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Skiing Rainier Is Not Slack Country

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Mount Rainier with Pro Guiding Service

May 26th to May 30th 2008

By Evan Wang

"Well, this really bites!"  "What was I thinking when I signed up for this?!"  "This is not my idea of fun!"  Those and several other choice thoughts were being muttered under my breath as I plodded slowly up the Kautz glacier behind Martin Volken on day three of our five day trip.  Equipment issues, lack of experience, giant blisters, and deficiencies in my technique all compounding to exhaust me beyond caring.  All spring as I prepared for this trip I thought about how exciting it would be to ski off Mount Rainier.  At this moment however, what I really wanted was an avalanche to come down and put me out of my misery.

What exactly compelled me, a long time avid resort bound snowboarder and skier, to try this ski mountaineering trip?  It started with the purchase of alpine touring (AT) ski gear a few years ago, which seems to be all the rage lately.  I had climbed a few mountains by the traditional method, and when I attended an REI clinic where Martin mentioned a ski descent of Mount Rainier, I enthusiastically signed up despite my relative inexperience at touring.  Was I in for an eye-opener!

My first inkling came when I met second guide Ben Haskell and the other clients: Scott Kushino, a longtime Pro Guiding Service client who was back for his second go round having gotten sick just prior to last year's trip, and Jim Bailey, another veteran PGS client.  Not only was I the newbie with PGS and the least experienced touring skier of the bunch, I noticed that my standard mountain climbing pack was considerably larger than everyone else's pack and my alpine twin-tip Salomon fatties with Naxo bindings probably weighed as much as everyone else's skis and binding combined – a "slackcountry" setup as Ben would note.  Apparently in the light and fast-moving world of ski touring size does matter and bigger is definitely not better.

We started out leaving Paradise on Monday heading up the Muir snowfields under overcast skies with hot and muggy conditions.  Scott and Jim zoomed ahead with me struggling mightily to keep up.  By the time I had turned onto the Paradise glacier to our first camp site, the skies opened up and the rain came drizzling down.  We all enjoyed a generally miserable evening in our tents.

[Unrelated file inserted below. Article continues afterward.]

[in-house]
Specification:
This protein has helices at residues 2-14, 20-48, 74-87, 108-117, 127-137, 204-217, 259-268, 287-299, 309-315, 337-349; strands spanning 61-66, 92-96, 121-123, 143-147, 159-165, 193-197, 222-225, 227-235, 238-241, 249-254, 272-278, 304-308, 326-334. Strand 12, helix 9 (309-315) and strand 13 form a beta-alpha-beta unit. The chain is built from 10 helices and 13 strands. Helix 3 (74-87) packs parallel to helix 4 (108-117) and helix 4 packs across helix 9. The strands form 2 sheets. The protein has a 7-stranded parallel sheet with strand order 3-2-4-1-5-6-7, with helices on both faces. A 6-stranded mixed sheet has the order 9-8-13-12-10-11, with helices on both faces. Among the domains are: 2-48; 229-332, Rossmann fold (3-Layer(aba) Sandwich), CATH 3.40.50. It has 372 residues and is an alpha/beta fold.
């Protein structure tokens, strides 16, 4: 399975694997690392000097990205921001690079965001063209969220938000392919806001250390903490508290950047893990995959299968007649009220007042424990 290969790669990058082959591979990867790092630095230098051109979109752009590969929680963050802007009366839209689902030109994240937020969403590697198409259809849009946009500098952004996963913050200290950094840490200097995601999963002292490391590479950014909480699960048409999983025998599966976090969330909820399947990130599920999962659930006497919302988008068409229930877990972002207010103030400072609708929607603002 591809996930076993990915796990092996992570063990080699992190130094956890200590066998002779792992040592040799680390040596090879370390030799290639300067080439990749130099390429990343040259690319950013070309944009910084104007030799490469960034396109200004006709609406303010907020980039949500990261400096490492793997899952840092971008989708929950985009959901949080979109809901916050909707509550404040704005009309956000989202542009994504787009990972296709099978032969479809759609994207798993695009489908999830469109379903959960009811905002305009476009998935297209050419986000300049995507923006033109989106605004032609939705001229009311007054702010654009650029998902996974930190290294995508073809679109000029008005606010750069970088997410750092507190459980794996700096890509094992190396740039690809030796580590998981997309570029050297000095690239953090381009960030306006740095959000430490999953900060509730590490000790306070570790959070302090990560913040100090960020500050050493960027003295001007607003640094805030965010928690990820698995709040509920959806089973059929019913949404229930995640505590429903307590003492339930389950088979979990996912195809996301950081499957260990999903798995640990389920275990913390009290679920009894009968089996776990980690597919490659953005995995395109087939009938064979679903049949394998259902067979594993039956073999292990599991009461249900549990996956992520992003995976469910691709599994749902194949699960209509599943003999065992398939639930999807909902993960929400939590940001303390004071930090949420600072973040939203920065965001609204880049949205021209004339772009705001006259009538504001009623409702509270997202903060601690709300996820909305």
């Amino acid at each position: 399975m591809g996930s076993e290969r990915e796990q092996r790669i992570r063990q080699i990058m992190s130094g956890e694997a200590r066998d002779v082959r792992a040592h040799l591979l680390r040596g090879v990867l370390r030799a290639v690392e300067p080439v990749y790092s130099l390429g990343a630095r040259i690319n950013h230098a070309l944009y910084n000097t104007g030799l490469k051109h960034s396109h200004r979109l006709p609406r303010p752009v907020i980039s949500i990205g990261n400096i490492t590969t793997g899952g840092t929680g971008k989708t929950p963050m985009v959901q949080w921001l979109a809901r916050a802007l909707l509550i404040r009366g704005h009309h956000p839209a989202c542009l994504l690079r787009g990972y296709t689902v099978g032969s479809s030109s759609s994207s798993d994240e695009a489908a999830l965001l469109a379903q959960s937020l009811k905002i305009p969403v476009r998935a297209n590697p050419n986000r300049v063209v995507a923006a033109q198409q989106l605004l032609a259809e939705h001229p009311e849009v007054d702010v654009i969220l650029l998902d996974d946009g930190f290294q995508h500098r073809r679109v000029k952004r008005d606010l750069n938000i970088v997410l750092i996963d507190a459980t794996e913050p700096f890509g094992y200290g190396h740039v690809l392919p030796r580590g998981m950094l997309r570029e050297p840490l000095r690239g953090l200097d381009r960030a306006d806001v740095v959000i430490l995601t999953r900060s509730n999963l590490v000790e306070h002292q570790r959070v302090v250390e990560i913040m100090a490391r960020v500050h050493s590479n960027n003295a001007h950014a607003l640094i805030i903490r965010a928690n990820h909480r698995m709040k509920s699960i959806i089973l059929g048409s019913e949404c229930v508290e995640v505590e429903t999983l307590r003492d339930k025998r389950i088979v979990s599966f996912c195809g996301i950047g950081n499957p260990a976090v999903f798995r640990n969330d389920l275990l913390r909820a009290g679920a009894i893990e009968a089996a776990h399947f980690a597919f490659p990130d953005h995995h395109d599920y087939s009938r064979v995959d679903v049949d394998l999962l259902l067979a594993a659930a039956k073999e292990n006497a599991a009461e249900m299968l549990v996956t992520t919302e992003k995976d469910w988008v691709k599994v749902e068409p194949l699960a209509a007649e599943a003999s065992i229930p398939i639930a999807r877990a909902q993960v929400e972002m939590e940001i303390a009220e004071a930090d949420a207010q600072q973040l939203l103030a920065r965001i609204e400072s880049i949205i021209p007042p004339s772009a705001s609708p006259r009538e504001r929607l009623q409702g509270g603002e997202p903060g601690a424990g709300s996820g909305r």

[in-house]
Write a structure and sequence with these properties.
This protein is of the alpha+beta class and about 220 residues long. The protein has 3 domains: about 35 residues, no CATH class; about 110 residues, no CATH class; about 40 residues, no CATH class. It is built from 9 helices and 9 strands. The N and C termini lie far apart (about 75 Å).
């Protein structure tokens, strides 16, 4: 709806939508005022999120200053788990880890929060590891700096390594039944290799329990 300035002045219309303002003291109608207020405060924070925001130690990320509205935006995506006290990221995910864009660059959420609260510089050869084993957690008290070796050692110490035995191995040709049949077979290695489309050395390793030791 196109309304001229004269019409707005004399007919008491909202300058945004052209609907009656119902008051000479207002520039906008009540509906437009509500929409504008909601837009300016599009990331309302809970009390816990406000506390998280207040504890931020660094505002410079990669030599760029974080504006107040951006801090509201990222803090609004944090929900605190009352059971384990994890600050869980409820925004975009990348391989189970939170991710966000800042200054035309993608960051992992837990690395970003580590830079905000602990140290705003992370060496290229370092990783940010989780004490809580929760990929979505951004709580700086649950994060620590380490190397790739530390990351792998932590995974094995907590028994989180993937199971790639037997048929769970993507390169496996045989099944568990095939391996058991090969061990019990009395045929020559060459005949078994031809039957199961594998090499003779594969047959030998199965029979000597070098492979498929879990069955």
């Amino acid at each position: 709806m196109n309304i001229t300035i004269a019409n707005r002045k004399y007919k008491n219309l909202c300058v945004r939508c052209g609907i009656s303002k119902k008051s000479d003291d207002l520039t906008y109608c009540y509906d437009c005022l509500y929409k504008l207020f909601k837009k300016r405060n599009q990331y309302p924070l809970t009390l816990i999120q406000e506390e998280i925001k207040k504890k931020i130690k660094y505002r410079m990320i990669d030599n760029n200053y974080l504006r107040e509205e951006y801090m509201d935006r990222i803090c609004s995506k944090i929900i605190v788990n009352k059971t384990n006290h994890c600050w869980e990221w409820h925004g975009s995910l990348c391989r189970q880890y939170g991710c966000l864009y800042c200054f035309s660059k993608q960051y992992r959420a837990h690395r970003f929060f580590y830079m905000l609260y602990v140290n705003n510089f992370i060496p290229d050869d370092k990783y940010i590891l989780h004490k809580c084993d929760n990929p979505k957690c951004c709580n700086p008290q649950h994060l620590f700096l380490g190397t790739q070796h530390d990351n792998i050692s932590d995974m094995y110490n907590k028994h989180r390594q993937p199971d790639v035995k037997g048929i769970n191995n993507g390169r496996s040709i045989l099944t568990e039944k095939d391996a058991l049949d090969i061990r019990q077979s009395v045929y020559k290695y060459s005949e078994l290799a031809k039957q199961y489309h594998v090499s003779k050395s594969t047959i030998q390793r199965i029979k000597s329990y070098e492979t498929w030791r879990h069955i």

The next morning the rain had stopped and we made our way across the Paradise, Cowlitz, and Ingraham glacier towards the Whitman glacier and our destination of Little Tahoma Peak.  Martin had a bad feeling about the snow conditions and determined that our return route would become too hazardous should we spend the hours continuing to the summit.  Since we all wanted to eventually return safely, we did the prudent thing and turned around.  The mountain was not in a giving mood that day.  On the way back though, we enjoyed a view of the huge icefall on the lower Ingraham.  Martin, Jim, and Scott toured all the way up the Paradise glacier to Camp Muir and down the Muir Snowfields back to our camp.  Ben and I took a more direct route where he patiently taught touring skills 101 and worked on correcting a number of my self-taught bad habits.

Our plan for the third day had been to make the short move over to the Wilson Cleaver and position ourselves for a charge up the Fuhrer Finger.  Martin, however, had doubts about the safety of climbing and skiing the Finger.  As I learned, plans change on a dime based on what the mountain gives and you had better be prepared to adapt.  Having anticipated a short tour, I neglected to pack lunch in an accessible spot – a decision I would soon regret.  Our new plans called for us to traverse the Lower Nisqually, the Wilson, and the Van Trump glaciers all the way over and up the Kautz glacier.  What started out as a short day turned into a very long day indeed!